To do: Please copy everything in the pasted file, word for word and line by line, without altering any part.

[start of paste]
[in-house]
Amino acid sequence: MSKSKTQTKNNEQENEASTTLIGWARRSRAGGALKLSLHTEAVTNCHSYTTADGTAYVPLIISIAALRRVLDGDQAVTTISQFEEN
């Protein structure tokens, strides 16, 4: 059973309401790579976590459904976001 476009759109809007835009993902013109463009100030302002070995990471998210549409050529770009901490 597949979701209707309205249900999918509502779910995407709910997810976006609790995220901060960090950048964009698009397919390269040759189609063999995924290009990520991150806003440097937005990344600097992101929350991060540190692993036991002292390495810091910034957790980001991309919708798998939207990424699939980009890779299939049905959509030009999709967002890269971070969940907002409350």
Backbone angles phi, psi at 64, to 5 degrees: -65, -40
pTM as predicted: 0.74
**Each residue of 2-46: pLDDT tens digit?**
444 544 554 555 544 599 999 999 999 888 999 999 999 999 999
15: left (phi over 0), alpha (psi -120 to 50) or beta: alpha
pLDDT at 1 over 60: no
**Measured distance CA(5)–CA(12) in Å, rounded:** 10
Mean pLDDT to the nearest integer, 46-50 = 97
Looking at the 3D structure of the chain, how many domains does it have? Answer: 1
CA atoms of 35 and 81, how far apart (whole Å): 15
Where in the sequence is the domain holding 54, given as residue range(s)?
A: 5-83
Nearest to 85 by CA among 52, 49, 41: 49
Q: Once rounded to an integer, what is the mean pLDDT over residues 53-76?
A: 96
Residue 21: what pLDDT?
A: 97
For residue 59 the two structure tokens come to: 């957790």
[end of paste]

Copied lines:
[in-house]
Amino acid sequence: MSKSKTQTKNNEQENEASTTLIGWARRSRAGGALKLSLHTEAVTNCHSYTTADGTAYVPLIISIAALRRVLDGDQAVTTISQFEEN
């Protein structure tokens, strides 16, 4: 059973309401790579976590459904976001 476009759109809007835009993902013109463009100030302002070995990471998210549409050529770009901490 597949979701209707309205249900999918509502779910995407709910997810976006609790995220901060960090950048964009698009397919390269040759189609063999995924290009990520991150806003440097937005990344600097992101929350991060540190692993036991002292390495810091910034957790980001991309919708798998939207990424699939980009890779299939049905959509030009999709967002890269971070969940907002409350």
Backbone angles phi, psi at 64, to 5 degrees: -65, -40
pTM as predicted: 0.74
**Each residue of 2-46: pLDDT tens digit?**
444 544 554 555 544 599 999 999 999 888 999 999 999 999 999
15: left (phi over 0), alpha (psi -120 to 50) or beta: alpha
pLDDT at 1 over 60: no
**Measured distance CA(5)–CA(12) in Å, rounded:** 10
Mean pLDDT to the nearest integer, 46-50 = 97
Looking at the 3D structure of the chain, how many domains does it have? Answer: 1
CA atoms of 35 and 81, how far apart (whole Å): 15
Where in the sequence is the domain holding 54, given as residue range(s)?
A: 5-83
Nearest to 85 by CA among 52, 49, 41: 49
Q: Once rounded to an integer, what is the mean pLDDT over residues 53-76?
A: 96
Residue 21: what pLDDT?
A: 97
For residue 59 the two structure tokens come to: 């957790």